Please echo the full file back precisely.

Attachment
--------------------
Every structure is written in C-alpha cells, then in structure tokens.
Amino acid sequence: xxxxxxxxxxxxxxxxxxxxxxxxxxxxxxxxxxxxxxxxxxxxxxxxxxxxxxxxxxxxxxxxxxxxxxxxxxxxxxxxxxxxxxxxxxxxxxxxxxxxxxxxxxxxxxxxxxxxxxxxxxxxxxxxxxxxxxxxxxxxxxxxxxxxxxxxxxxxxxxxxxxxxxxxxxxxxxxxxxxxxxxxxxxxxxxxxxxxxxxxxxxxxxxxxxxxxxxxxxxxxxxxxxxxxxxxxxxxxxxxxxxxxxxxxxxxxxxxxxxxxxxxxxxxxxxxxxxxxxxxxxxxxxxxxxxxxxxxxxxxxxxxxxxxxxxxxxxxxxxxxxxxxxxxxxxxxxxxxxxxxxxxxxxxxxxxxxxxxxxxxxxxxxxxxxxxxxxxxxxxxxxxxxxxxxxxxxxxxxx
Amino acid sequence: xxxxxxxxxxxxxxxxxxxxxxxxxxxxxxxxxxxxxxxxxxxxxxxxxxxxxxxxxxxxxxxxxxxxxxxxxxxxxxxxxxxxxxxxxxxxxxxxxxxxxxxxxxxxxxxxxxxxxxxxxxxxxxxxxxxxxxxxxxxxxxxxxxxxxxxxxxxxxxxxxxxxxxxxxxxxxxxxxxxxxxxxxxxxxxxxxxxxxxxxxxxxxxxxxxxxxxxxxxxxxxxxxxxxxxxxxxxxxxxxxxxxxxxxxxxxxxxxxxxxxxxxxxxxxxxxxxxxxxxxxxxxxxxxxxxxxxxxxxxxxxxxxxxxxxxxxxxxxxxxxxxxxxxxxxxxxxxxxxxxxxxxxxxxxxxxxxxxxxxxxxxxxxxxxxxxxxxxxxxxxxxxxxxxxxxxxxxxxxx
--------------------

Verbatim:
Every structure is written in C-alpha cells, then in structure tokens.
Amino acid sequence: xxxxxxxxxxxxxxxxxxxxxxxxxxxxxxxxxxxxxxxxxxxxxxxxxxxxxxxxxxxxxxxxxxxxxxxxxxxxxxxxxxxxxxxxxxxxxxxxxxxxxxxxxxxxxxxxxxxxxxxxxxxxxxxxxxxxxxxxxxxxxxxxxxxxxxxxxxxxxxxxxxxxxxxxxxxxxxxxxxxxxxxxxxxxxxxxxxxxxxxxxxxxxxxxxxxxxxxxxxxxxxxxxxxxxxxxxxxxxxxxxxxxxxxxxxxxxxxxxxxxxxxxxxxxxxxxxxxxxxxxxxxxxxxxxxxxxxxxxxxxxxxxxxxxxxxxxxxxxxxxxxxxxxxxxxxxxxxxxxxxxxxxxxxxxxxxxxxxxxxxxxxxxxxxxxxxxxxxxxxxxxxxxxxxxxxxxxxxxxx
Amino acid sequence: xxxxxxxxxxxxxxxxxxxxxxxxxxxxxxxxxxxxxxxxxxxxxxxxxxxxxxxxxxxxxxxxxxxxxxxxxxxxxxxxxxxxxxxxxxxxxxxxxxxxxxxxxxxxxxxxxxxxxxxxxxxxxxxxxxxxxxxxxxxxxxxxxxxxxxxxxxxxxxxxxxxxxxxxxxxxxxxxxxxxxxxxxxxxxxxxxxxxxxxxxxxxxxxxxxxxxxxxxxxxxxxxxxxxxxxxxxxxxxxxxxxxxxxxxxxxxxxxxxxxxxxxxxxxxxxxxxxxxxxxxxxxxxxxxxxxxxxxxxxxxxxxxxxxxxxxxxxxxxxxxxxxxxxxxxxxxxxxxxxxxxxxxxxxxxxxxxxxxxxxxxxxxxxxxxxxxxxxxxxxxxxxxxxxxxxxxxxxxxx